from caste. Polyandrous habits not necessarily a cause of
    infanticide.

Summary of principal conclusions arrived at.

Curious customs of the Marasa Wokul tribe in Mysore.

The effect of caste on the transmission of acquired aptitudes.


CHAPTER IX.--COFFEE PLANTING IN COORG.

Description and the history of Coorg.

Conquered and annexed by us in 1834. My first visit to Coorg in
    1857. The pioneer planters.

Planting without shade caused the failure of many of the
    plantations.

After shade was introduced coffee flourished.

European and native plantations. Their number and the probable
    yield from them. Expenditure per acre.

The kinds of manure used. Experiments by an analytical chemist.

Proportions of manure varied according to the condition of the
    coffee. The time in which manure should be applied. Applications
    of burnt earth.

Widespread results arising from the expenditure on plantations in
    Coorg.

Rates of wages, and system of procuring labourers. Leaf disease
    and Borer.

Remedies experimented on as regards leaf disease and Borer.

Primary cause of the existence of so much Borer. The terms on
    which Government lands are sold for planting.

Reasons why certain of the reserved State forests should be given
    out for planting.

Cinchona and Ceara rubber planting tried and abandoned. Coffee
    seed introduced from Brazil, and other countries, without any
    apparent advantage. Liberian coffee tried experimentally.

The capital spent on labour and the consequential results of this
    on agriculture. My visit to Coorg in 1891.

The route from Mysore. The coffee works at Hunsur. Interesting
    adventure with a panther.

To Mr. Rose's estate near Polibetta. Description of Bamboo
    district.

Life in the Bamboo district. The club, church, and co-operative
    store.

Visits to plantations. Left for Mercara.

The Retreat. Mr. Meynell's house. Its kitchen arrangements, etc.

Mr. Mann's coffee garden at Mercara. The large profits from it.
    To the Hallery estate six miles from Mercara.

Visits to several estates. To the Coovercolley estate. Mr.
    Mangles's.

Left Coovercolley for Manjarabad in Mysore.

General observations on coffee planting in Coorg. Its flourishing
    condition. More attention should be paid to shade.

Defects as regards shade. More attention to it would lessen
    Borer.

Manures used on the best kept up estates.

The profits that may be expected from good, well-managed estates.
    The great want of a Game Preservation Act.


CHAPTER X.--COFFEE PLANTING IN MYSORE.

An agreeable life for an active intelligent man who must work
    somewhere.

Qualities necessary to make a successful planter.

The work not hard. The climate agreeable and healthy. The
    elevation of the coffee districts above sea level.

The changes that may be taken in the slack season by planters.
    The durability of well-shaded plantations.

Shaded plantations a very permanent property. The profits of
    coffee. Case of an estate bought with borrowed money.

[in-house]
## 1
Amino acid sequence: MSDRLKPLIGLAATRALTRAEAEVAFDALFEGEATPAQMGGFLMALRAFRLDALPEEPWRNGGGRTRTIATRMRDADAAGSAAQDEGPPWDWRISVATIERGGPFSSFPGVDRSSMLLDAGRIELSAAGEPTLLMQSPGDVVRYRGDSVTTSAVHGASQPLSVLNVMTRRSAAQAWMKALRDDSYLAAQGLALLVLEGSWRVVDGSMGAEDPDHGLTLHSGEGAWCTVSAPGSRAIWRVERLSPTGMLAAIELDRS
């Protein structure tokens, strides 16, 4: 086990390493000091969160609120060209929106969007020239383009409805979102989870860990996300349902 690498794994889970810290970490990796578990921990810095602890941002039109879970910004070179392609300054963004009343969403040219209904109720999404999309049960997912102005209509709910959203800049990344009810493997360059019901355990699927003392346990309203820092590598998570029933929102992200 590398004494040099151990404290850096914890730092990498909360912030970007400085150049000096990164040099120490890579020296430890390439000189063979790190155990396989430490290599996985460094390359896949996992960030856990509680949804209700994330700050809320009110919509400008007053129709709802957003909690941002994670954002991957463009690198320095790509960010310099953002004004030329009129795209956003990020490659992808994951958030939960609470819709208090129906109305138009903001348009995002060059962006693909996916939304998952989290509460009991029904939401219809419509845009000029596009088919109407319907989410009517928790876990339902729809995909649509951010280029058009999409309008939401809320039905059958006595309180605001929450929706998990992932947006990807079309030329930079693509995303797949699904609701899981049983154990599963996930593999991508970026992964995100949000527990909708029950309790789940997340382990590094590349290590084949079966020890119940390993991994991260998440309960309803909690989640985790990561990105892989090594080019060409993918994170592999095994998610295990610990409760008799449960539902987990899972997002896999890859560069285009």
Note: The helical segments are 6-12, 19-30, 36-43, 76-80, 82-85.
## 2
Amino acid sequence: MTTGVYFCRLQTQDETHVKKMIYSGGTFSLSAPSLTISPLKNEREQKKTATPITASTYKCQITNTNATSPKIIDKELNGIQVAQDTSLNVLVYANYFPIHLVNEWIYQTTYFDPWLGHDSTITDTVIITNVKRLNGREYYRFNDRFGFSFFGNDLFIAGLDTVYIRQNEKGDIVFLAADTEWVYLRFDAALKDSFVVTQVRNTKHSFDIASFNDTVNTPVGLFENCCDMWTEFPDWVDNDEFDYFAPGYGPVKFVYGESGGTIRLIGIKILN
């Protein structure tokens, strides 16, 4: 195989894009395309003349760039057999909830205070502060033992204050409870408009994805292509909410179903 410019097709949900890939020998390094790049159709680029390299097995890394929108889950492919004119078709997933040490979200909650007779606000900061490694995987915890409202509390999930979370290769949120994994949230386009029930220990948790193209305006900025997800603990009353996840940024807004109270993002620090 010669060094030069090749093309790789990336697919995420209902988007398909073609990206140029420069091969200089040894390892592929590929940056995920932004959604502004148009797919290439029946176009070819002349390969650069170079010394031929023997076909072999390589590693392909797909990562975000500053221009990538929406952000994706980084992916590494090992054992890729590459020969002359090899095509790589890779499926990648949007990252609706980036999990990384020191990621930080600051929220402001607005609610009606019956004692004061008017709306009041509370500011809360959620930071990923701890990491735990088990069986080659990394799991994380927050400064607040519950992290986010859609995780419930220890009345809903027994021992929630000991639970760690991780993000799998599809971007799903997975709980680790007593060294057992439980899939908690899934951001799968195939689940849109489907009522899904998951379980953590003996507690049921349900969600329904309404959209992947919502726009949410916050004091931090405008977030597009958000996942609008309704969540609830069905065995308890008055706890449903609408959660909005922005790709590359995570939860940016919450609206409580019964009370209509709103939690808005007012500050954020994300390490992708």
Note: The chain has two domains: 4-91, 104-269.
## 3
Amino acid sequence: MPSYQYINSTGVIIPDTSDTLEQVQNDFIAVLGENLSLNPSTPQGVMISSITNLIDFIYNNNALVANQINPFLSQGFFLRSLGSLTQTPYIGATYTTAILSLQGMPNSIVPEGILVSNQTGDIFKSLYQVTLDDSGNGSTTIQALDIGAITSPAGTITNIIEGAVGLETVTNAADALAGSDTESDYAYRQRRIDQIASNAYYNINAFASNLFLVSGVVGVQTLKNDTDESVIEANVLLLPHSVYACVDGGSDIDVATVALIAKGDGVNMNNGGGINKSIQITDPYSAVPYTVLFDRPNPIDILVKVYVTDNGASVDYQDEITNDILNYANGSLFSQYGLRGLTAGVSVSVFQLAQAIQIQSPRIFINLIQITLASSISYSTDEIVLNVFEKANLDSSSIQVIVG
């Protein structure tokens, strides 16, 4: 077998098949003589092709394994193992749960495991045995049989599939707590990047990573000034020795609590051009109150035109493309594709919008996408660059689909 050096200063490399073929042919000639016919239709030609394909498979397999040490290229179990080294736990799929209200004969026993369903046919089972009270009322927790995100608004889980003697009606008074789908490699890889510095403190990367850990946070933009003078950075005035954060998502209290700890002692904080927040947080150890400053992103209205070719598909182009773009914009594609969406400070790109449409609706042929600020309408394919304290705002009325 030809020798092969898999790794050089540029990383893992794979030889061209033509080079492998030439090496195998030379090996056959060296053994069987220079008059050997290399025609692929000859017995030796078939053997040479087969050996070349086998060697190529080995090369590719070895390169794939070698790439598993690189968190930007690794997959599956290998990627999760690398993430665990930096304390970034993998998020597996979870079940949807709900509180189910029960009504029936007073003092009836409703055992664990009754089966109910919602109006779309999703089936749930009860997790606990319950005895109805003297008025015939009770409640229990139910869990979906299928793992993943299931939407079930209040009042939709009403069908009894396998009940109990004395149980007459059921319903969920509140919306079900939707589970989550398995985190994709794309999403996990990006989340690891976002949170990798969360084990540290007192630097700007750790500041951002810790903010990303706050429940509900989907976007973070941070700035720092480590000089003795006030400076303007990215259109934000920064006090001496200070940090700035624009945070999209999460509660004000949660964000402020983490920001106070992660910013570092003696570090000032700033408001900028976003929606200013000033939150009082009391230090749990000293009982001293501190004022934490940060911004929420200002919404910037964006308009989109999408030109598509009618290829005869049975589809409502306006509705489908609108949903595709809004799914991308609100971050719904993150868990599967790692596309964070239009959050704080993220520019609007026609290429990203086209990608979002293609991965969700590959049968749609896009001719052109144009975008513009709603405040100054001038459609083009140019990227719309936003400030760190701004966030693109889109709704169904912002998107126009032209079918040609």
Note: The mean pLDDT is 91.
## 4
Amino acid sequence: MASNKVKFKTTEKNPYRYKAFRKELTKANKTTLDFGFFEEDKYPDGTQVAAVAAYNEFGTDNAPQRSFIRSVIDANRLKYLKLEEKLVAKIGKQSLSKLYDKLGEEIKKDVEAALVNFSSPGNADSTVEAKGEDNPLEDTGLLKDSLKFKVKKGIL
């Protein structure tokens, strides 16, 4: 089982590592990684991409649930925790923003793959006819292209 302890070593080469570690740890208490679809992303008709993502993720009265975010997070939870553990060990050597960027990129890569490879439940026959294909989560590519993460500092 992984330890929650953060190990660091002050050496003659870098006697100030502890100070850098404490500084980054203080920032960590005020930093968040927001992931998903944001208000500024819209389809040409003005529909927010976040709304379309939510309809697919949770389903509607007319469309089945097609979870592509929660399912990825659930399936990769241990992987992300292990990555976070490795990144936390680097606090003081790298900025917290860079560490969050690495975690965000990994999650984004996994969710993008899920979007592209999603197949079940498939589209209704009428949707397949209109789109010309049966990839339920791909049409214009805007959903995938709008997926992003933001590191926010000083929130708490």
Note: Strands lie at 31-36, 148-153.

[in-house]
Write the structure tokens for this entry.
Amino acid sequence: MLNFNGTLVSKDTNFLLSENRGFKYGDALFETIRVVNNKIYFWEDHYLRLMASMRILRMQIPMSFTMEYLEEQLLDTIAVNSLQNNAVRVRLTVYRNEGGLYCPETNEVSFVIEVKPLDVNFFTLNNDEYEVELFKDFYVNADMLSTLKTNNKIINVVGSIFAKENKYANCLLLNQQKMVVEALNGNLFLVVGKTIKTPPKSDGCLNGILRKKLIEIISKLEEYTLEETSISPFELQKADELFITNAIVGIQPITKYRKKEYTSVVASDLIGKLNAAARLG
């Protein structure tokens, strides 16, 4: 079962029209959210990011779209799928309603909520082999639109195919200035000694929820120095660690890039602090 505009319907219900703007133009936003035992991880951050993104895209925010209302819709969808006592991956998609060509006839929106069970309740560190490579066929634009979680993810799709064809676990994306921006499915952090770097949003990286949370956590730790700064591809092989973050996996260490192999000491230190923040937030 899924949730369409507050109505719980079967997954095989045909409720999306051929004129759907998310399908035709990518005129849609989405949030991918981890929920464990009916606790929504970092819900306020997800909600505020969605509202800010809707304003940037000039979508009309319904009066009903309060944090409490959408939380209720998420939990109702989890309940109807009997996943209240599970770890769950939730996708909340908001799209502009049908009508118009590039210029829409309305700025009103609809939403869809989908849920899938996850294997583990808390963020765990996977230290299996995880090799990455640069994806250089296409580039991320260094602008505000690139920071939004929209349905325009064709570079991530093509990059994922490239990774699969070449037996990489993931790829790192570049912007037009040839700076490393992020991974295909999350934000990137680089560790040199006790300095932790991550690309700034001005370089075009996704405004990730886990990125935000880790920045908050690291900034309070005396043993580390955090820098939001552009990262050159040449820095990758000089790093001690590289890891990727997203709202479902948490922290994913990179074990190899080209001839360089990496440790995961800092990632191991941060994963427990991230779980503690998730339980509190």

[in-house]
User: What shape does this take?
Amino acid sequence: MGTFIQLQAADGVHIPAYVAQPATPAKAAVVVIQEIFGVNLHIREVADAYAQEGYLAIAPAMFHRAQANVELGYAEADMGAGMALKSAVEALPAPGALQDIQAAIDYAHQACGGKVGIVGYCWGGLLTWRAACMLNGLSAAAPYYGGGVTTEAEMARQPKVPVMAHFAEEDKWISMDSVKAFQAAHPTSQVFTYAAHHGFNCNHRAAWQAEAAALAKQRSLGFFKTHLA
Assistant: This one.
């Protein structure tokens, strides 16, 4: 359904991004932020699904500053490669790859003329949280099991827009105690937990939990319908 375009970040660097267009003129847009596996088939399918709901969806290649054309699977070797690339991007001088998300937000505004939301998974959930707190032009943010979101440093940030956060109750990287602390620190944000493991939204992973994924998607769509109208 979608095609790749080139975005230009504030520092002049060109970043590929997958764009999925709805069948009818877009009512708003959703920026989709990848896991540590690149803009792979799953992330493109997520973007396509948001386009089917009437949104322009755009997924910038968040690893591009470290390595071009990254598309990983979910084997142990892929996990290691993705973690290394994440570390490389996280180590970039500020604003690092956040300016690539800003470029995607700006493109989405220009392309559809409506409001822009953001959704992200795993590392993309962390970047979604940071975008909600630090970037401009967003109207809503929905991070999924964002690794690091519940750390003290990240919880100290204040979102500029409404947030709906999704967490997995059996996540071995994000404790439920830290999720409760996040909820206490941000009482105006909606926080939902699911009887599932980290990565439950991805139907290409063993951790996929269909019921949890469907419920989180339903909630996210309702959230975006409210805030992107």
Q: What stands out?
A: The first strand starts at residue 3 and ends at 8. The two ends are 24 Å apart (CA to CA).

Analysis of yield, expenses, and profits on a Manjarabad estate.

Probable profits on estates in the northern part of Mysore.

From want of information coffee plantations in Mysore not
    saleable at good prices. Failure of coffee in Ceylon. This gave
    coffee generally an undeservedly bad name.

Early notices of coffee in India. Its early history in Mysore.

Failure of the variety of coffee first introduced.

The successful introduction of the Coorg variety of coffee.

Mysore coffee fetches the highest price in the London market.
    Original Mysore coffee land tenures.

The new Coffee Land Rules introduced in 1885.

In the south of Mysore all coffee land probably taken up. In
    north, land reported to be still available. Planters well
    satisfied with the Government.

Advances to labourers. Legislation as regards them much needed.

Proposed measure to meet the advances to labourers difficulty.

Legislation required to amend the extraditions laws.

The New Cattle Trespass Act. The want of a Wild Birds' Protection
    Act. The neglect of game preservation.

In consequence of game destruction tigers forced to prey heavily
    on village cattle. Great losses in consequence.

Cruelty of native hunters. Evidences of extermination of game
    birds.

The want of a Government Agricultural Chemist. The discovery of a
    new hybrid coffee plant.

Enormous yield from it.


CHAPTER XI.--SHADE.

General remarks on the importance of shade.

The governing principle as regards shade for coffee.

The most desirable kinds of shade trees. Those of less desirable
    kinds.

The Jack. Its merits and defects.

The Attí. Good when young, less desirable when old.

The Noga. The objections to relying on this tree.

Other kinds of less desirable shade trees.

_Albizzia Moluccana._ Said to be a valuable tree for shade.

Methods adopted when forming a shaded plantation.

Great advantages of clearing without burning the forest.

The order in which shade trees should be planted.

The young shade trees require shade. The charcoal tree a good
    nurse.

The management of young shade trees.

The evils arising from excessive trimming of side branches of
    shade trees. Planting under the shade of the original forest
    trees.

The value of leaving marginal belts of forest. The danger of a
    running fire.

The quantity of shade required for varying aspects and gradients.

The great differences between northern and southern aspects as
    regards heat.

Western and eastern aspects.

Importance of attending to the gradients, the quality of the
    soil, and its exposure to drying winds.

Elevation and rainfall govern quantity of shade that should be
    kept. The thinning, and lopping lower boughs of shade trees.

Much knowledge and experience required in judicious thinning.